CHICAGO (CBS) — Cook County’s budget hearings have begun this week under the cloud of a deficit created by the eradication of the unpopular soda tax.

Officials agree there will be cuts and layoffs, but may not agree where they will come from.

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Tanya Anthony, Cook County Budget Director, helped lead off the budget meetings by hammering home the deficit the government is facing. “Today, we stand with an additional gap of $200.6 million resulting from the board vote to repeal the sweetened beverage tax.”

County Commissioner Sean Morrison, who led the repeal fight, says Anthony and Chief Financial Officer Ammar Rizki need to help close that gap. “You folks, the President’s Administration’s is going to have to provide for us the road-map in which and where we consider those cuts or eliminations.”

However, Commissioner Deborah Sims, says the County board created this problem, adding, “So now we’re the ones that have to deal with it. It’s not Tanya’s job to deal with it, nor Ammar’s, it’s ours.”

It’s also the job of the elected officials who each have their own budgets.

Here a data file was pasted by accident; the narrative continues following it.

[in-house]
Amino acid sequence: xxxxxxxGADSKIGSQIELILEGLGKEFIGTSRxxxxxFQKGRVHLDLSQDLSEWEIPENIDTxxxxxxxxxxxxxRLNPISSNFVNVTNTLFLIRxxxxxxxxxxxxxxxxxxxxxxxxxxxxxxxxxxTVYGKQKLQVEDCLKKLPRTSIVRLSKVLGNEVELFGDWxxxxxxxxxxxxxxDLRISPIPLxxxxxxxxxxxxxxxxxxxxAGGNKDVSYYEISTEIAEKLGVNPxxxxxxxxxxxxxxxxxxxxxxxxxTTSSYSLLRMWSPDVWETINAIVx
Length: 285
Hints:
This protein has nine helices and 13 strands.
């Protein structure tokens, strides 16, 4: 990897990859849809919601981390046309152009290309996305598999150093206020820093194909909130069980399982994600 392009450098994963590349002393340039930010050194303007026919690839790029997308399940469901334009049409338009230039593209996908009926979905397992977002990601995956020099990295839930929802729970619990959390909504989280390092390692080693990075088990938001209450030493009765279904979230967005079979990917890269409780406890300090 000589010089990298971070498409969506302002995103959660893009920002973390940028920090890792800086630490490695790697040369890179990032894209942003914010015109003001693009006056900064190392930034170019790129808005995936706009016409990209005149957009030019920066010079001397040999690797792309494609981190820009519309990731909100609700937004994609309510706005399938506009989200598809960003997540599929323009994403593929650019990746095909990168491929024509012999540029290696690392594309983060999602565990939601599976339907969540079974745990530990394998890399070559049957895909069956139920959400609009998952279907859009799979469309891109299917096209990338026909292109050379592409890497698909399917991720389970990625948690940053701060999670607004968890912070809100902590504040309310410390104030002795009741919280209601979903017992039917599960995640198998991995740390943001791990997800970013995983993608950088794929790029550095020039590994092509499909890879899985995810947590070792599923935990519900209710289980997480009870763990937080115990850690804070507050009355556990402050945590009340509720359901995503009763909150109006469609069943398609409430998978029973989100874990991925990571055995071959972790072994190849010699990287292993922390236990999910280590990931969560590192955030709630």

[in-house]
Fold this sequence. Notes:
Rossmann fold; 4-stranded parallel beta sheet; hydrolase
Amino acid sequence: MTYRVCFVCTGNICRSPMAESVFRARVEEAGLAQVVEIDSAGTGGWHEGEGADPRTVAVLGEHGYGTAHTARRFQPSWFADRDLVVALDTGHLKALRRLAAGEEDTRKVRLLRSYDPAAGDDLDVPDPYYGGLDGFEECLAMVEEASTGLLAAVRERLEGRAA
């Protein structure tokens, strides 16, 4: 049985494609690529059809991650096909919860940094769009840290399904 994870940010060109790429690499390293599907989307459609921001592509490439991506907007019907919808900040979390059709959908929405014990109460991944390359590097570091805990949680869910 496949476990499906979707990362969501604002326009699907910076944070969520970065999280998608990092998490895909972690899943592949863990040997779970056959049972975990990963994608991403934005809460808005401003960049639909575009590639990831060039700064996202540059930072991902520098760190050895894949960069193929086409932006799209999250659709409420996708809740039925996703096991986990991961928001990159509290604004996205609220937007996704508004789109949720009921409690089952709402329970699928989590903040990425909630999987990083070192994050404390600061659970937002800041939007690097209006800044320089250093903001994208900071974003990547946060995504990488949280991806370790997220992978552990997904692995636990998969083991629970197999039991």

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RELATEDCook County Finance Committee Votes 15-1 To Can The Soda TaxCook County Board Overwhelmingly Votes To Repeal Soda TaxWith Soda Tax Gone, County Board Looks To Close $200M Budget Gap

The original 2016 vote on the sweetened beverage tax was a tie, which County Board President Toni Preckwinkle broke to approve it. Three commissioners who originally voted for the tax, eventually switched sides.

Commissioners voted on Oct. 11 to repeal the widely unpopular tax, effective Dec. 1. The 15-2 vote reflected the overwhelming opposition the tax faced among Cook County residents. Recent polls showed more than 85 percent of people in the county were against the tax.

Preckwinkle had defended the tax, saying it was necessary to fund essential county services, but has said she will work with the board to balance the budget without the estimated $200 million in annual revenue.

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The sweetened beverage tax will remain in place through the end of the county’s current fiscal year, and will go away beginning Dec. 1.